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Port Authority to buy out Channelside center

The Tampa Port Authority late Tuesday approved a plan to buy out the troubled Channelside retail and shopping complex for just under $6 million in cash, potentially ending years of legal and political wrangling over the nearly vacant property.

If all goes as planned -- and several legal steps must be sorted out -- the port authority could take full possession of Channelside in the next three to eight weeks. That, in turn, could not only open up the property for a serious face-lift, but also trigger wider redevelopment of the whole area for a potential baseball stadium site, according to several port authority board members.

“This is a fresh start,” said Tampa Mayor Bob Buckhorn after the Tuesday night vote. “This lets us take control of our own destiny.”

Once the check clears and the property is truly under the port authority's control, Buckhorn said, the port will likely call on the development community to bring their ideas and resources to remake Channelside into a prosperous venue again.

Despite being at the doorstep of the cruise ship ticketing venue, and next door to the Florida Aquarium, the Channelside complex is more than half vacant, and the second floor mezzanine only has one operating restaurant that sits next to several empty nightclubs and a closed-down movie theater complex.

The port authority board met in private Tuesday to consider the proposed settlement, then emerged only for a few minutes to unanimously approve the deal and take questions from the media.

That deal involves a broad legal settlement between the Port of Tampa and the Irish Bank Resolution Corp., which still holds a multi-million mortgage on the property above ground. The deal calls for the port authority to pay $5.75 million in cash from the port's own roughly $45 million annual operating budget. That budget is funded by fees and rents from port operations, several port authority board members hastened to mention, and not from taxpayer dollars or government funds.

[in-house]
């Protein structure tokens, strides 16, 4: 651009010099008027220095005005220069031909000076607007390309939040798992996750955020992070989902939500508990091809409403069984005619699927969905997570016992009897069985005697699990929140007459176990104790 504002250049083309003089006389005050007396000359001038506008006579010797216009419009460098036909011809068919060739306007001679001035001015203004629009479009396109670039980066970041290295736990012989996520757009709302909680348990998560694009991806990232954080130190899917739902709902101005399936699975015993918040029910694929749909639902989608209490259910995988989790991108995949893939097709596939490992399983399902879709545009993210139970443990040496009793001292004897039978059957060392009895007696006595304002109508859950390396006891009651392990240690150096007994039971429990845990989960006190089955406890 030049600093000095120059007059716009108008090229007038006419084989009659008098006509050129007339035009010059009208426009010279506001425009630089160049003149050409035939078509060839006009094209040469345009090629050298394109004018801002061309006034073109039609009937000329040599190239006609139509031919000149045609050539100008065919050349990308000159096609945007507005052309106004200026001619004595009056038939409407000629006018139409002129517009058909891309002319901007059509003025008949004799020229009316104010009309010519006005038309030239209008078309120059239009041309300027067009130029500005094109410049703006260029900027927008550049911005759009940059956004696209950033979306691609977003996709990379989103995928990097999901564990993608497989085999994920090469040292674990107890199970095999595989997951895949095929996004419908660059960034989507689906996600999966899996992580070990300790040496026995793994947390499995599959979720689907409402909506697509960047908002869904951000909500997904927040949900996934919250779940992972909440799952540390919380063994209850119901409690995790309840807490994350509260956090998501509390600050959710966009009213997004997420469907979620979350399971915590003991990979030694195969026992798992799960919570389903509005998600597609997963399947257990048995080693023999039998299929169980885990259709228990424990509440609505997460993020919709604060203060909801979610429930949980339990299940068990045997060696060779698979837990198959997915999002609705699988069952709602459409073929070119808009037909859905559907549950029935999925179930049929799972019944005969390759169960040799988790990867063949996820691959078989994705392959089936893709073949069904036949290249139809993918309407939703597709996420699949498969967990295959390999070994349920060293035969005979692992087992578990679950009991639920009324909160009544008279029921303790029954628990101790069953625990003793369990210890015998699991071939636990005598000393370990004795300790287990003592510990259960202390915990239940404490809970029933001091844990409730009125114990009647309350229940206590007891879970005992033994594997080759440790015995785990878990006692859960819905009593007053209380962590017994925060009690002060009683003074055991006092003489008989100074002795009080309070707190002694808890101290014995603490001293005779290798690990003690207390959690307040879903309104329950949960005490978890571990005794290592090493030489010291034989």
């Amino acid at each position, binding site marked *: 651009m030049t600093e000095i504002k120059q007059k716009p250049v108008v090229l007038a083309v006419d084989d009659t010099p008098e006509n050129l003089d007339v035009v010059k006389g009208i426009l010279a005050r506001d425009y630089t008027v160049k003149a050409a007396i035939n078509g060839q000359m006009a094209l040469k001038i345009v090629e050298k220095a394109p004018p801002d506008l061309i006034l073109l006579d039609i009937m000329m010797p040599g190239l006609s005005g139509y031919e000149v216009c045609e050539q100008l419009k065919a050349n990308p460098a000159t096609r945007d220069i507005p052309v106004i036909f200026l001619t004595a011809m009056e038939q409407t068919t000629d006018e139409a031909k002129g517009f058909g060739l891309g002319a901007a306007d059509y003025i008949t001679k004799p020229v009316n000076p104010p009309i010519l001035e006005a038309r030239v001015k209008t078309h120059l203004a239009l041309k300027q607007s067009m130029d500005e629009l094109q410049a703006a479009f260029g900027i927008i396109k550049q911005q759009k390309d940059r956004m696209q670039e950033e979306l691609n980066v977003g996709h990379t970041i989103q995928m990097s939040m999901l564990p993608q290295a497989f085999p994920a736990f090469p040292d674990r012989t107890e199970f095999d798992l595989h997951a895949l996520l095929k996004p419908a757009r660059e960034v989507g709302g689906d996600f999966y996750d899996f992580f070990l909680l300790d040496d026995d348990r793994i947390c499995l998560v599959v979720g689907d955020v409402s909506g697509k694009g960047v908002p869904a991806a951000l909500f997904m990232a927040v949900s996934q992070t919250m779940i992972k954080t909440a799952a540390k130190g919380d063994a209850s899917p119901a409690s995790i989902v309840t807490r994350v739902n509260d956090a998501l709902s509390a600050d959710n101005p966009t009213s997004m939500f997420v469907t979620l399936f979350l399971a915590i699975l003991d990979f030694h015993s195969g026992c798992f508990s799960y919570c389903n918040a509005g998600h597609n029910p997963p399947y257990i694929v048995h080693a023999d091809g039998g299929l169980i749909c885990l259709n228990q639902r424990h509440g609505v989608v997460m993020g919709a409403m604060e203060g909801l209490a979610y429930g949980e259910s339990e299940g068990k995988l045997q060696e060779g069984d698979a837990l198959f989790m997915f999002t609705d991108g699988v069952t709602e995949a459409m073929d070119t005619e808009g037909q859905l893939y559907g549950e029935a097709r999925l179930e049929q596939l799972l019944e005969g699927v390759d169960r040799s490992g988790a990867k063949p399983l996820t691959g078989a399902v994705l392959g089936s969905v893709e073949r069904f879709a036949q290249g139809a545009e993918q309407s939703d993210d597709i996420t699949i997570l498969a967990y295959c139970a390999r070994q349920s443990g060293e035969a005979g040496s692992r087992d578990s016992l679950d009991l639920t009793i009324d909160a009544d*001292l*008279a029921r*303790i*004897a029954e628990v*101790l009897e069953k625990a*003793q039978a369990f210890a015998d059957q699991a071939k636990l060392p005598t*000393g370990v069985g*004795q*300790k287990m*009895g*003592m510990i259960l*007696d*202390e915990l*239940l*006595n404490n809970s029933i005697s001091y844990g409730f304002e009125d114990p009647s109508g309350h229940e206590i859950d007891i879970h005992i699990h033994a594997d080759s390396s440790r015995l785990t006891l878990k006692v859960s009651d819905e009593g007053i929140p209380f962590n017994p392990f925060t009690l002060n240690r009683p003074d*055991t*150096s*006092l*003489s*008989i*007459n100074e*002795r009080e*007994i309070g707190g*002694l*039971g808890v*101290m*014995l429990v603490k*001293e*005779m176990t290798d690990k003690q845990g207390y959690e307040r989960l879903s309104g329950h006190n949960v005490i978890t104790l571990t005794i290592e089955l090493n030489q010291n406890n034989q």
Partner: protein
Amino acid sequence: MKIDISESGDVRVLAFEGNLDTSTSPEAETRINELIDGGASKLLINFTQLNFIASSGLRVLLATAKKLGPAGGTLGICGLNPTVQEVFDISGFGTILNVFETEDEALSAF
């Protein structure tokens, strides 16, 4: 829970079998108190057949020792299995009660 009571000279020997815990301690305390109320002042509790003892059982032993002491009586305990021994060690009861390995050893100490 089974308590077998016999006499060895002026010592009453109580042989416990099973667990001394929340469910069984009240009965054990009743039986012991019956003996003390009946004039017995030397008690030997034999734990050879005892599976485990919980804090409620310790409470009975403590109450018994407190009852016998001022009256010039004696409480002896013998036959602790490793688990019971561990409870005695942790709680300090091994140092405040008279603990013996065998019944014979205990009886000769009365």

Port authority lawyers will now file notice of the settlement with several courts that have various actions related to Channelside.

The move could potentially end a long and tangled drama over Channelside, which was originally built as an entertainment complex for millions of cruise ship passengers. Unfortunately, it was built with a closed-off design, and the property struggled over several years, ultimately becoming a mostly empty hulk.

The property fell into disrepair and bankruptcy, but because the port authority owns the land underneath, the port was dragged into legal fights as the above-ground structure is backed by a mortgage from an Irish-based bank. That bank collapsed, further complicating legal matters.

At one point, several outside bidders sought to invest in the property and take over operations, including the Tampa Bay Lightning owner Jeff Vinik, but he later backed out of consideration.

The Irish bank subsequently filed for bankruptcy protection connected to the Channelside property, leading some port commissioners to wonder if the port authority should simply make an offer to buy out the bank and take total control of the property.

According to port counsel Charles Klug, the deal also clears another potentially tricky legal hurdle. A partnership between the developer pair of Liberty Group and Convergent Capital had previously tried to acquire control of Channelside by buying out the Irish bank's interest but were rebuffed by the port authority for offering what port officials said was an inferior offer. Now, Klug said, the Irish Bank has essentially paid off that group to release their interests.

As for Channelside's immediate future this summer, Buckhorn ruled out the possibility of demolishing the site and starting over. Instead, he suggested the new deal would open the door for development across the wider neighborhood.

Hillsborough County Commissioner Sandra Murman said after the vote that she hoped the move would “kickstart more development, maybe a baseball stadium. It's like a lawnmower, once you get the engine started, it just goes.”

In other port news Tuesday, Gov. Rick Scott appointed John Grandoff III to the Port Authority board of commissioners.

Grandoff, 55, of Tampa, is an attorney with the law firm of Hill Ward & Henderson.

He has served as a board member of the Tampa Bay Area Research and Development Authority, and currently serves as a board member for Mental Health Care Inc. and the Jesuit High School Foundation. He fills a seat vacated by William “Hoe” Brown, who stepped down from the board amid swirling controversy over rental properties that he owns in Tampa that the city shut down as squalor-filled code violations.

If approved by the Florida Senate, Grandoff's term would run from Sept. 10, 2013, to Nov. 12, 2015.

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